The Story Of Martin Daly’s Most Exciting Surf Discovery

In current times, it’s hard to resist feeling a nostalgia for the heady days of global surf travel. 

So, we’re encouraging you to indulge it enthusiastically with our brand new series of discovery stories from some of the world’s most prolific surf explorers, running all this winter here on the Wavelengthmag.com 

We’re kicking things off with Martin Daly, a man who arguably sits at the very top of the pioneer’s pile, credited with the discovery of dozens of world-class spots throughout Indonesia, the South Pacific and beyond. 

Martin in the early 90s. Photo via Indies Trader

Martin grew up surfing and spearfishing in Australia, leaving home aged 16 to travel and work as a commercial diver in New Zealand and the Philippines, before landing in Indo aged 23. After a few years surfing along the Javanese coast in the early 80s, he chartered a salvage boat named the Rader with a crew of 5 mates and set out in search of waves just beyond the horizon. Back then, Bali, Nias and G-Land were Indo’s only mapped surf zones, so the crew headed instead for South Sumatra, where they stumbled across several perfect reef passes, including the now world-renowned One Palm Point.

The now iconic One Palm Point. Photo Art Brewer

From there, Martin dedicated himself to exploring the undiscovered surf potential of the Indian Ocean’s vast archipelagos and in 1986, with money earned from salvaging shipwrecks and sunken treasure along the way, he bought up the Rader, promptly renaming it the Indies Trader.

Soon after, he ran his first surf ever surf charter with a group of Aussie pros and off the back of the coverage that followed, spent the next decade expanding his business with an ever-growing fleet. In the process, he put the Mentawais firmly on the surfing map, introducing waves like Icelands and Lance’s Right (although Lance was already there) to the wider surfing public, redefining the notion of ‘the perfect wave’ as he went. 

In ‘99 Martin embarked on The Quiksilver Crossing; a seven year long surf discovery mission cum global coral health survey, which took him to 56 countries and led to the reported discovery of 115 new breaks, although names and locations were kept firmly under his hat.

Here’s what he told us when we asked him for the story of his most exciting surfing discovery and if there’s anything left out there to find:

“I’ve been cruising in the remote West Pacific and Melanesia for the last 8 months, waiting for the world to reset, and I think I may have discovered the most perfect left point I’ve ever found. 

I’m pretty sure it hasn’t been surfed, the main reason being, aside from asking locals, that it’s so good, I’m sure there would be crew all over it if it had. 

Prior to that, I think the most exciting was a wave in West Java in 1983, a long Raglan like point wave. They call it Loji nowadays I think, although it breaks very rarely and unfortunately really polluted. 

As Martin didn’t snap an image of is new discovery and few exist online, here’s pristine Desert Point instead. Photo: Heick Family // ‘Secrets Of Desert Point’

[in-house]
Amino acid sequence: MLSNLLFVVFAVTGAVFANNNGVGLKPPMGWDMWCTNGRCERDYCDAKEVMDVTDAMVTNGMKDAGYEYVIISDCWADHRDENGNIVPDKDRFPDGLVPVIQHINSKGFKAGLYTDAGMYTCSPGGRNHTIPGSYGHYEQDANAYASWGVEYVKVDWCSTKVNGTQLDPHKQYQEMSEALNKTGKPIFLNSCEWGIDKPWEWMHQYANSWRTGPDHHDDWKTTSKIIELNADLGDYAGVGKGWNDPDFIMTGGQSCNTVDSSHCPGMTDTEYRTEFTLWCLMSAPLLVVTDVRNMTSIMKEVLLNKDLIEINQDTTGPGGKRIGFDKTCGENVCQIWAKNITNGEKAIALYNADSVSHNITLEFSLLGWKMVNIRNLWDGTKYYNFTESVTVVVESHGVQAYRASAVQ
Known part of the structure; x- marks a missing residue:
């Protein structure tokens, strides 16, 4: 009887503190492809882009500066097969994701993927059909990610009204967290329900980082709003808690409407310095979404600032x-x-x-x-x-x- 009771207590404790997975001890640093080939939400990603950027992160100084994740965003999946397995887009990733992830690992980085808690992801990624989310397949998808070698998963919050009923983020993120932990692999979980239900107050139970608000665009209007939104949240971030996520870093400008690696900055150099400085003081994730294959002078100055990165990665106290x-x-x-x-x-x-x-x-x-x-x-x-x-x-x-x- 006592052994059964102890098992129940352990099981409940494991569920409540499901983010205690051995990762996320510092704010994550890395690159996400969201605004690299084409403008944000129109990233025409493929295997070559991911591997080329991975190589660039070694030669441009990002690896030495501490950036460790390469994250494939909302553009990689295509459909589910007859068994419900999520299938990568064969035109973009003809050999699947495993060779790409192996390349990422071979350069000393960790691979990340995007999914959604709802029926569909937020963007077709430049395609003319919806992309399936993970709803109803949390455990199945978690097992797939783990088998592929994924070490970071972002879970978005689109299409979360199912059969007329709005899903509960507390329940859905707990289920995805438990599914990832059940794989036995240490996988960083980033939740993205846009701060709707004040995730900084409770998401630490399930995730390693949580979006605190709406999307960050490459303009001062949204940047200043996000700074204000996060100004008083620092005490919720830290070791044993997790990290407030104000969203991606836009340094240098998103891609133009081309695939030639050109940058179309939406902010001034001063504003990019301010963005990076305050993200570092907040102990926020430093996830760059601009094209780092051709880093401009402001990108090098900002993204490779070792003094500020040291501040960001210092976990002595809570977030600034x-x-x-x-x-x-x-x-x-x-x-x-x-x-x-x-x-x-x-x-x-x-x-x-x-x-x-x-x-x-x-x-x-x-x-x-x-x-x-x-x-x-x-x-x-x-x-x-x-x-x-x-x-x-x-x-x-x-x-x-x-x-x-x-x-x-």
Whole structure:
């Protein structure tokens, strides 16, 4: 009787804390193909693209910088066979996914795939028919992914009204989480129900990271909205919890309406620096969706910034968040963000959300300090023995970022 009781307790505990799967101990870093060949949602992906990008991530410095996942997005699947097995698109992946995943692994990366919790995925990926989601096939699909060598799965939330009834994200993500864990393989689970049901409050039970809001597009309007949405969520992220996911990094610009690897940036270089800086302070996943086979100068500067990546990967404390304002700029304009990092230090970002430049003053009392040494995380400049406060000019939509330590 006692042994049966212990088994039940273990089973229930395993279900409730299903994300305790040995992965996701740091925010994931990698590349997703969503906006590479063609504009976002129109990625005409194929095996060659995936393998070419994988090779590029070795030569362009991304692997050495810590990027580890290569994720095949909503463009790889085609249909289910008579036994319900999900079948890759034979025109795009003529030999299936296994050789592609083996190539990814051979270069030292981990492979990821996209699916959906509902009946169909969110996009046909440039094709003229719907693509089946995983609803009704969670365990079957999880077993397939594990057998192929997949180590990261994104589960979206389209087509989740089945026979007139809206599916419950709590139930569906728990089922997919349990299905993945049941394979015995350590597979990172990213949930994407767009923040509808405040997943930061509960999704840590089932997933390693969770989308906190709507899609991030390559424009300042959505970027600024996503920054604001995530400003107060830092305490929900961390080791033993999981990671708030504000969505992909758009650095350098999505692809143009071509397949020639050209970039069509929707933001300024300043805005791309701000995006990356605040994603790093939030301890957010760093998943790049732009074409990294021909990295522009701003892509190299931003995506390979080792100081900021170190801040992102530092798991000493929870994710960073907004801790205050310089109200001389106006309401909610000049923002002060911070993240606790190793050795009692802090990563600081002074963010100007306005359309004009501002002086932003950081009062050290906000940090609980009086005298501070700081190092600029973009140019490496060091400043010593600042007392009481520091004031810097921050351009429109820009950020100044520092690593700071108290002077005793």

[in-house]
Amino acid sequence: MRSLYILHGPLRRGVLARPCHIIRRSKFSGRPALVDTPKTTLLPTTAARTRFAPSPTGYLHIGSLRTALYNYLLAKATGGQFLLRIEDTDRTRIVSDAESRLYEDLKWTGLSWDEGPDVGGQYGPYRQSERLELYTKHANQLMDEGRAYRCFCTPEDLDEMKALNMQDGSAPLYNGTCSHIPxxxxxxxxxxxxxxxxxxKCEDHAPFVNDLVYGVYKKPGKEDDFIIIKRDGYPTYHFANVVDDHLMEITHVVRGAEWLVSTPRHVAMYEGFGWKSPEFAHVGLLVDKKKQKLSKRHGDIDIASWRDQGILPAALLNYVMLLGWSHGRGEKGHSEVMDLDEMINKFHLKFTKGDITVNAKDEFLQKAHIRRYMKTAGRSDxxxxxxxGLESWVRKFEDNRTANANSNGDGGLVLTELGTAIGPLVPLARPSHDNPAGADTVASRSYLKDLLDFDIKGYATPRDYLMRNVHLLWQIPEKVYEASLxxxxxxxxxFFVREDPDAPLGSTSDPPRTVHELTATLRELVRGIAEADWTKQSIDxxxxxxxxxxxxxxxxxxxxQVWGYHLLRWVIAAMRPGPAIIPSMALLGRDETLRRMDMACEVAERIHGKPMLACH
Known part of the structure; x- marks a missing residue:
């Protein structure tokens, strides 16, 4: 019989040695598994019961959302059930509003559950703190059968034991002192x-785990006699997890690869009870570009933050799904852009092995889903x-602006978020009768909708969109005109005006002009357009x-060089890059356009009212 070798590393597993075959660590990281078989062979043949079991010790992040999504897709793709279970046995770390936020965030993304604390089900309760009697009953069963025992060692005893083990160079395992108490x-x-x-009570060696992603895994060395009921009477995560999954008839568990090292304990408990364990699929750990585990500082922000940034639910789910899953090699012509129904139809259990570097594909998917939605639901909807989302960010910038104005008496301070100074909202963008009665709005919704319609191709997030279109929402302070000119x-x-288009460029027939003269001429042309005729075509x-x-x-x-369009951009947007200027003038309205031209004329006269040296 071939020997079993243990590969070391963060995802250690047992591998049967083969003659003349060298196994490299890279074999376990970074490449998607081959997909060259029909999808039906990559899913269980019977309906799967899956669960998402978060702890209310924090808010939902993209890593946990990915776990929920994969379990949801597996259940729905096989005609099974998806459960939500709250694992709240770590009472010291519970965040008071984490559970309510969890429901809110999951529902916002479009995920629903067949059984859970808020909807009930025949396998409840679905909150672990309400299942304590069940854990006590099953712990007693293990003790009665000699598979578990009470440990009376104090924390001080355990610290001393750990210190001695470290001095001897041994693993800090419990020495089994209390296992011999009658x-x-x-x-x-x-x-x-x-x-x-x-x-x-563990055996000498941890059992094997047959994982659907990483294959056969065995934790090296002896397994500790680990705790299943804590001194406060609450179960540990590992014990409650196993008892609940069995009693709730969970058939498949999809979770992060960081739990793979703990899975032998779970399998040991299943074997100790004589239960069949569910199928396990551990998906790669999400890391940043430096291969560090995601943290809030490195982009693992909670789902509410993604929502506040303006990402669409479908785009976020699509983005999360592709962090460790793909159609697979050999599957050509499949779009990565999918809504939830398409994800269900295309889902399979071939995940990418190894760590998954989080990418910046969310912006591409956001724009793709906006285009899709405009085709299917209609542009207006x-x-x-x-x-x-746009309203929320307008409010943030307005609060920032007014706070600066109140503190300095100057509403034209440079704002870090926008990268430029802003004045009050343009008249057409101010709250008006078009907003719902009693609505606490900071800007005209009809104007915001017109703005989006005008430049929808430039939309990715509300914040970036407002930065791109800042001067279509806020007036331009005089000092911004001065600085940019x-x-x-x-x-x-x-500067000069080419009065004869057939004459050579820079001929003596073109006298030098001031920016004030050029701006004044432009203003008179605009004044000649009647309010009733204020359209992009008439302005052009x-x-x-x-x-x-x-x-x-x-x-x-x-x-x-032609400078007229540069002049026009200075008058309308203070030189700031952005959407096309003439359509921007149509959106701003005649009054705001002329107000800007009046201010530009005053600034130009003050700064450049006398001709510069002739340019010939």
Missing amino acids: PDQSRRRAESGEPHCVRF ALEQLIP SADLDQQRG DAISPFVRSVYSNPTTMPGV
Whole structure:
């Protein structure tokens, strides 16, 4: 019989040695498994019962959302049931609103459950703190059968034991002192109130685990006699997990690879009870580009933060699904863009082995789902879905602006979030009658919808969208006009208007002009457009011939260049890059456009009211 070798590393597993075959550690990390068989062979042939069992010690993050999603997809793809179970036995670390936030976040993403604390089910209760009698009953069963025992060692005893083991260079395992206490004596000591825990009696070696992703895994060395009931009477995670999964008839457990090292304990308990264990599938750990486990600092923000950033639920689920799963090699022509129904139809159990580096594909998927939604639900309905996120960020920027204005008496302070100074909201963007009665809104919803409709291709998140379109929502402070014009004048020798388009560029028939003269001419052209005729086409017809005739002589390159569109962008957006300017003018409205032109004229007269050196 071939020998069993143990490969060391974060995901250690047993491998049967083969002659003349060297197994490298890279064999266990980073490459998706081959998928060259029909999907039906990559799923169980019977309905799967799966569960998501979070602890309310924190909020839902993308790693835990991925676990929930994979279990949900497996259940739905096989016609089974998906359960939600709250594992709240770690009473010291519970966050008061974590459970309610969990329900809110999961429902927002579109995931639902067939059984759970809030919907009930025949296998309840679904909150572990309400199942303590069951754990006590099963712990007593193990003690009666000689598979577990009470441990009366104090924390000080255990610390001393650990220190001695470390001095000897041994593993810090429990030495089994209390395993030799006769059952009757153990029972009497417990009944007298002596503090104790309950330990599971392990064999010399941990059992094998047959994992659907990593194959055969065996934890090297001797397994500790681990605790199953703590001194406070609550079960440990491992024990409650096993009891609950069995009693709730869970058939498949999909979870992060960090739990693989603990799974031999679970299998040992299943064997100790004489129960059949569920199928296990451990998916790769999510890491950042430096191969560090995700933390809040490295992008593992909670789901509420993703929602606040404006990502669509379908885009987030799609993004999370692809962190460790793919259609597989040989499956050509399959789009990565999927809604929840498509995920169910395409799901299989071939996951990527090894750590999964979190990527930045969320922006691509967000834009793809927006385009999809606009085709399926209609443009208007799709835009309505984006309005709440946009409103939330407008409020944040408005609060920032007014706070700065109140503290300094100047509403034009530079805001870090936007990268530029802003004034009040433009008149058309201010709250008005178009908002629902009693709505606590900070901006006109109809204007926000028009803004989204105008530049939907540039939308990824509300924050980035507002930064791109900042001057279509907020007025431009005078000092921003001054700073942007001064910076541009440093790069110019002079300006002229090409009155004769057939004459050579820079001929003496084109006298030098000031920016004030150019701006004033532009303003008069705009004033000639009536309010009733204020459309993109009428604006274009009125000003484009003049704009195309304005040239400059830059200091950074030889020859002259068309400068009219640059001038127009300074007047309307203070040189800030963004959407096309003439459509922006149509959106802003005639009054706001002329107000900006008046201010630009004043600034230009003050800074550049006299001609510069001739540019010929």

I was by myself and there was a really big west swell. Everywhere was too big at the normal breaks and I’d been driving around for hours seeing nowhere that was handling it. I was heading out to a long headland when I saw it through a gap in the trees, way in the distance. It looked too good to be true. Long lines peeling down this perfect rocky point. It took me the whole afternoon in my Land Cruiser to finally get to it, trying to find a way through all the rice paddies, lots of dead ends, turning around and trying again. It was the middle of the wet season, really soft and muddy, and I came sliding sideways into this small village, car completely covered in mud, just as the sun was about to set. I threw the keys to an old local guy and said: “look after it and I will give you some money”. They must have thought I was an obsessed crazy guy.

I was so excited that instead of walking down the rocks to get to the end of the point I paddled out through the shore break, which was much bigger than I thought, and it was sucking dry on the rocks. The water was chocolate brown and I couldn’t see how shallow it was. I got smashed. The point was so long it took me forever to paddle to the top, but when I finally got out through the sets, I caught 3 really long waves and then it was dark. 

It was a most memorable experience, the first really proper A-grade wave I had found. The hook was set and it started a lifetime obsession.

Martin’s most recent discovery. Via @indiestrader

Whilst most of the world’s surf has been discovered and well-trodden, I still know of several waves that are world-class, long, consistent and empty. The difficulty of access is what protects them of course, and I won’t elaborate as I hope that there is still the opportunity for others to make the effort, actually get off the couch, put down their devices, do the hard yards, and find them themselves.”

Want to join Martin for a surf trip in paradise? Find out more here.

Cover photo: Jeff Divine. Check out his book, featuring iconic surf images from the 1970s, here.


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